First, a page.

Published in the June 2008 issue of enRoute
The Explorers: Colin Angus, Julie Angus, Wade Davis, Bruce Kirkby, Jean Lemire, Meagan McGrath (see end of story for bios)
How is exploration different today?
Colin Expeditions of the past were a different ball game. Crossing the Atlantic Ocean the way Julie and I do – self-powered – wouldn’t previously have been within our capacity. Now, with technology at our fingertips, it’s possible. It’s lucky that we’ve had these adventurous desires in the present era.
Meagan It’s more accessible now. An Everest trip nowadays is completely different from an Everest trip in the 1990s. It’s far more affordable and commercially available now.
Bruce In the last 20 years, most of the uncertainty or danger with trips to remote places has been removed. I was just in Patagonia. It was a strange experience to stand on the main street of El Calafate and realize that, 20 years ago, this small village was considered the most out-of-the-way place. Now there is busload after busload of tourists.
Wade The travel industry didn’t exist on this kind of scale in our youth. Now it’s one-stop shopping. You can buy your way into virtually any corner of the planet; it’s just a matter of making a toll-free call. A good litmus test of this is to consider where your parents went, where you’ve gone and where your children are going. What I find so astonishing and positive is the ease with which my children’s generation moves around the world. I have two teenage daughters, and they’ve been virtually everywhere. It’s a kind of new world culture.
What are the benefits of having remote regions of the world made so accessible?
Bruce I’m a strong believer that the salvation of wild places lies in not hiding them. I see it when I’m guiding in the North. We get 10 or 15 folks who leave a hectic life and are plunked down on the Yukon River. Within about five days, which is half the trip, they get a sense of their place in the landscape – not just of the North but also the landscape they inhabit at home.
Jean I tell people that if we could bring 50 percent of the population to Antarctica, we could solve 50 percent of our problems. Of course, we shouldn’t actually bring that many people to Antarctica, but we are so far from nature in our daily life that just seeing these places can change our way of seeing the world.
Julie People have become increasingly aware of the impact of their travel and their purchasing power, whether it’s bringing dollars to a community or working with a company that supports sustainable practices. People care that where they go has a positive impact.
But hasn’t exploration always offered up these kinds of benefits?
Wade Sure. If you look at countries such as Peru, there’s been a re-examination of the relationship between the nation-state and the indigenous peoples, partly facilitated by the thousands of young backpackers and travellers who went down to Cuzco in the 1970s. They weren’t interested in the bourgeois luxuries of Lima; they were fascinated by the remnants of the Incas. That profoundly influenced an entire generation of young Peruvians. The awareness and insight that a new generation acquires by being exposed to different cultures will be a tremendous source of strength.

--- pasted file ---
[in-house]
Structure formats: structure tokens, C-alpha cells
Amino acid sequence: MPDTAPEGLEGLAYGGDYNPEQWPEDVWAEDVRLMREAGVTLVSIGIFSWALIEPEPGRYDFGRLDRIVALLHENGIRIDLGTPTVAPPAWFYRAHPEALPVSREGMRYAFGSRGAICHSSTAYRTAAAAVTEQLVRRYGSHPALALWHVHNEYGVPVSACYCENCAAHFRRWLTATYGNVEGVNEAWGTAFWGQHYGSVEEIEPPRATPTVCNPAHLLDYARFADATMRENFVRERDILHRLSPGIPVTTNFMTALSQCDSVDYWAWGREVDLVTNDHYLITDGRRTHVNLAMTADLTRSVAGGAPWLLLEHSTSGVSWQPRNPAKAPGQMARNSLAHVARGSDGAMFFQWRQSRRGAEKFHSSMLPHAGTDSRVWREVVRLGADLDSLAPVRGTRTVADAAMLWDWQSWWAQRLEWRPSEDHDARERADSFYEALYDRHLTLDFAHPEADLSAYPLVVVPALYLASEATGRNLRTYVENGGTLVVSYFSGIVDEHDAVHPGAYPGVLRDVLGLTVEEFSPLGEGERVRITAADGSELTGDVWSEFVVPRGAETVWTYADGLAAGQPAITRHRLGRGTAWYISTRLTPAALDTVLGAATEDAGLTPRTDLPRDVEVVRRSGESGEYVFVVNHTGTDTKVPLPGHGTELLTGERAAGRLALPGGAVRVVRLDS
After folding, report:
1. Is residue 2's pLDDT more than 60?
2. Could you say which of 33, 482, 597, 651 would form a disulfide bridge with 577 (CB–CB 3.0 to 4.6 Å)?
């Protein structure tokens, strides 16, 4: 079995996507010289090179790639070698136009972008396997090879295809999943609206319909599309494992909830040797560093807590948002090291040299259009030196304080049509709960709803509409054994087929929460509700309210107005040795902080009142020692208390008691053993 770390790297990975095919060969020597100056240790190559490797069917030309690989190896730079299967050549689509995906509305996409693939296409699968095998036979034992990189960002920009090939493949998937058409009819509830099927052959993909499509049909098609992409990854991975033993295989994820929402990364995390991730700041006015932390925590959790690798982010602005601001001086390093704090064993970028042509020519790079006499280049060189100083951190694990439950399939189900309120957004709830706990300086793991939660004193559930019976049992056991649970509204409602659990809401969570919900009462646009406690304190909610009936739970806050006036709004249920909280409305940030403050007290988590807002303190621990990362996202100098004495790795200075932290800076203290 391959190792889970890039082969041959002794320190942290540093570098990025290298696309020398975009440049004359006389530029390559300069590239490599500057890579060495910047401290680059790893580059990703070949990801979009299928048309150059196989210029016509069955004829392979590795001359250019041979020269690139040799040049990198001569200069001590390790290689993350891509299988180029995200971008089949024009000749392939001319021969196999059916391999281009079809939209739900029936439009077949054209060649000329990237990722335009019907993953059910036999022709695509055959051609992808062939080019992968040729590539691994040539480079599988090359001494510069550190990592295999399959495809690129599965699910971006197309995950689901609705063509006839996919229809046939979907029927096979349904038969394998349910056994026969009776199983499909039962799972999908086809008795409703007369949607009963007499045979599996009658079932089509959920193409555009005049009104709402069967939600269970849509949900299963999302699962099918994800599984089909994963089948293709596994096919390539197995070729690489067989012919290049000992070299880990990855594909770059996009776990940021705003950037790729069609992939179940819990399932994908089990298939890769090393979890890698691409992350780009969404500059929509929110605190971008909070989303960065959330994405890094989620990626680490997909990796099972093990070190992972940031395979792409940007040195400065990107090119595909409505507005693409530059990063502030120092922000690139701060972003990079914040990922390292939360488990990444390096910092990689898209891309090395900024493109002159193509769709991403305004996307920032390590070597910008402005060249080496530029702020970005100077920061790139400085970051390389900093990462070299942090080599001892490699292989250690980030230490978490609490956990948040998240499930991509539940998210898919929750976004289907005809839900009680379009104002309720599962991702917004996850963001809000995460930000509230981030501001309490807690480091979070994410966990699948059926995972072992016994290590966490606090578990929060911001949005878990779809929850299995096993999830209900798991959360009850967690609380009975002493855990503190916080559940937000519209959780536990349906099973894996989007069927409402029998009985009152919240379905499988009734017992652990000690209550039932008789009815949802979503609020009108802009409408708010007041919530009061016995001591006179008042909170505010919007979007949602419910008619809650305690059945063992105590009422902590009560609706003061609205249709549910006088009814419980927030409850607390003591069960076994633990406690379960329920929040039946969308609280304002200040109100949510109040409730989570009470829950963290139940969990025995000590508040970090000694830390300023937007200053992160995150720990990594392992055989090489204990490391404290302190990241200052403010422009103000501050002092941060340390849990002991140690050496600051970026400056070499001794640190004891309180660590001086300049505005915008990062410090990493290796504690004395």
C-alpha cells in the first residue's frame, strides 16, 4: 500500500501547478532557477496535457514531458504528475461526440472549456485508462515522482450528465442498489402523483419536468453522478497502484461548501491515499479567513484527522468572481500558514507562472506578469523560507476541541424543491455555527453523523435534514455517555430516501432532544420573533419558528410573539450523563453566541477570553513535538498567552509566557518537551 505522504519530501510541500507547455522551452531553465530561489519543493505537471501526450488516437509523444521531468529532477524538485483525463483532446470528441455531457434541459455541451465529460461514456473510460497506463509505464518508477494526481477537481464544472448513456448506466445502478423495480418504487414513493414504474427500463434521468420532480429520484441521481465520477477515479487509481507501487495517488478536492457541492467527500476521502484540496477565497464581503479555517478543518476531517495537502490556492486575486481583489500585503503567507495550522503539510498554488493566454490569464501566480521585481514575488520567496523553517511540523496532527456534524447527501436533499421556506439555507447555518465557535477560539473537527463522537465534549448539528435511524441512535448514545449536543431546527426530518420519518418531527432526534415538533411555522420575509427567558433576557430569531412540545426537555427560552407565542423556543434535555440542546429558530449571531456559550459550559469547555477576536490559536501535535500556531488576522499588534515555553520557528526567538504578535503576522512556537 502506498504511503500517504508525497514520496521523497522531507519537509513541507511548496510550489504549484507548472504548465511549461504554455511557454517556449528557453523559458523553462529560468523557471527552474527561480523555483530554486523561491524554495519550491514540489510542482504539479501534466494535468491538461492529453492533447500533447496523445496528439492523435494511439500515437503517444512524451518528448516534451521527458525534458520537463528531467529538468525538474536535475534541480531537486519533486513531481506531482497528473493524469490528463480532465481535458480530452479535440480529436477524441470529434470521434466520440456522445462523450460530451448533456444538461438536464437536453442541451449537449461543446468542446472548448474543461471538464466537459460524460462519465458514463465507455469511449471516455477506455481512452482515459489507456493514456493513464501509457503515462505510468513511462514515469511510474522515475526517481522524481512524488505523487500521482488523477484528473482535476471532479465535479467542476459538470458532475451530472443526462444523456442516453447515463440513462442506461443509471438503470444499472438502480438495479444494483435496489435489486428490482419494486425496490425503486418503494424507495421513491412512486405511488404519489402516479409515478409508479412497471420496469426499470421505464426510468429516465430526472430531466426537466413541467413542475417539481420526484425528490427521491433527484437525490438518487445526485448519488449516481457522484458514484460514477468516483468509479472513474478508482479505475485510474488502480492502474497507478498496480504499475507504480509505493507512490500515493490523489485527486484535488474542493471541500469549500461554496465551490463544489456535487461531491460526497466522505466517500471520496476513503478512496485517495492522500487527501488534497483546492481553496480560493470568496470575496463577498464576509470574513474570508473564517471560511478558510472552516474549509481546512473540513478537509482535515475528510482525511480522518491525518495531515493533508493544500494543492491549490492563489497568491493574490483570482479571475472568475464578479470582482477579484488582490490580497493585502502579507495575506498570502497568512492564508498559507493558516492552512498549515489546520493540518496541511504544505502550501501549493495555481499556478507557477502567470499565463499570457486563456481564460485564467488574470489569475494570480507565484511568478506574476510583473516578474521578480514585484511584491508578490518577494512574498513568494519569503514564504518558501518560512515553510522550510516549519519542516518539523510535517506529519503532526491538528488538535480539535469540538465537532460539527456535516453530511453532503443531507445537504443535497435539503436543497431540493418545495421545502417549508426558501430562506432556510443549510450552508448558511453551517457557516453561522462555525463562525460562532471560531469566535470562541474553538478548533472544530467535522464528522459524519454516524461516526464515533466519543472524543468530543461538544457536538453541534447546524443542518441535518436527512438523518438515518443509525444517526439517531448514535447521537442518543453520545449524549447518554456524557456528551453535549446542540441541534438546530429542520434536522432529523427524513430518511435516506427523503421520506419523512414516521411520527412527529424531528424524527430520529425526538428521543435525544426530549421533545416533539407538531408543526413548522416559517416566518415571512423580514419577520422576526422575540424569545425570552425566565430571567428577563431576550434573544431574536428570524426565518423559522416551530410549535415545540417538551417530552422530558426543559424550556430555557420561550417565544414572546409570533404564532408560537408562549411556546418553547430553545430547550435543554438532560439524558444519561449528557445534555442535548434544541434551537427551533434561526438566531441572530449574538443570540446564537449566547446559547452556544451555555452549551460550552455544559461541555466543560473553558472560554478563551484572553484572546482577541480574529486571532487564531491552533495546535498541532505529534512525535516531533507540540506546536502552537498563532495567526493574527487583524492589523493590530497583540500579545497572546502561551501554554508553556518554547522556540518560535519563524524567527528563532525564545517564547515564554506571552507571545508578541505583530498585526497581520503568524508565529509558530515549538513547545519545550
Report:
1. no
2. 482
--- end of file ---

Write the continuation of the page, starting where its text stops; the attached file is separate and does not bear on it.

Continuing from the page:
Jean In the early 1980s, we brought the first real tourists to watch the whales in Tadoussac. Then, it was an expedition just to get there. Maybe in some places we’ve created a monster, but there are certainly benefits to bringing the whales to the public.
Wade Jean, you’re being too modest! If it hadn’t been for your work, the whales would be dead. It’s literally that kind of expedition that has kept those species alive.
Are there drawbacks to exploration being more accessible?
Wade Of course. The easier travel is, the less engaged people tend to be. I was once in the Arctic, and a woman recited a litany of places she’d been. She mentioned Sarawak in Borneo, so I politely said, “I lived there for a while. What did you like about it?” And she said, “Actually, I don’t remember, but it was all very interesting.” Apparently not interesting enough to remember.
Bruce That brings back a memory of a photography trip that I once led in Bhutan. “Hello” in Bhutanese is kuzu zangpo la – it’s not that difficult. But we had 17 people in our group, and over 12 days I couldn’t convince one of them to say hello, which is what you should know before you even step off the airplane.
What are some of the responsibilities of the explorer?
Julie We are so interconnected. It’s critical to recognize that the actions we take at home impact remote areas, which most people never have the opportunity to see. It’s important to show the public the beauty of these areas but also the risks that these places face.
Jean It’s part of our responsibility to do our homework. You have to try to understand the local population. It’s easy to arrive and look through the eyes of your own culture, but it’s important to follow the local rules.
Wade Explorers who explore just for the sake of movement sometimes fail to understand the peoples and the places through which they move. I was once hired as a guide to walk the Darién Gap with a British journalist who planned to walk from the tip of Tierra del Fuego to Alaska. He’d been walking along the Pan-American Highway for a year and a half, and he knew absolutely nothing about the land through which he moved. He didn’t speak a word of Spanish, and he referred to his journey as an “ongoingness into a never-endingness.”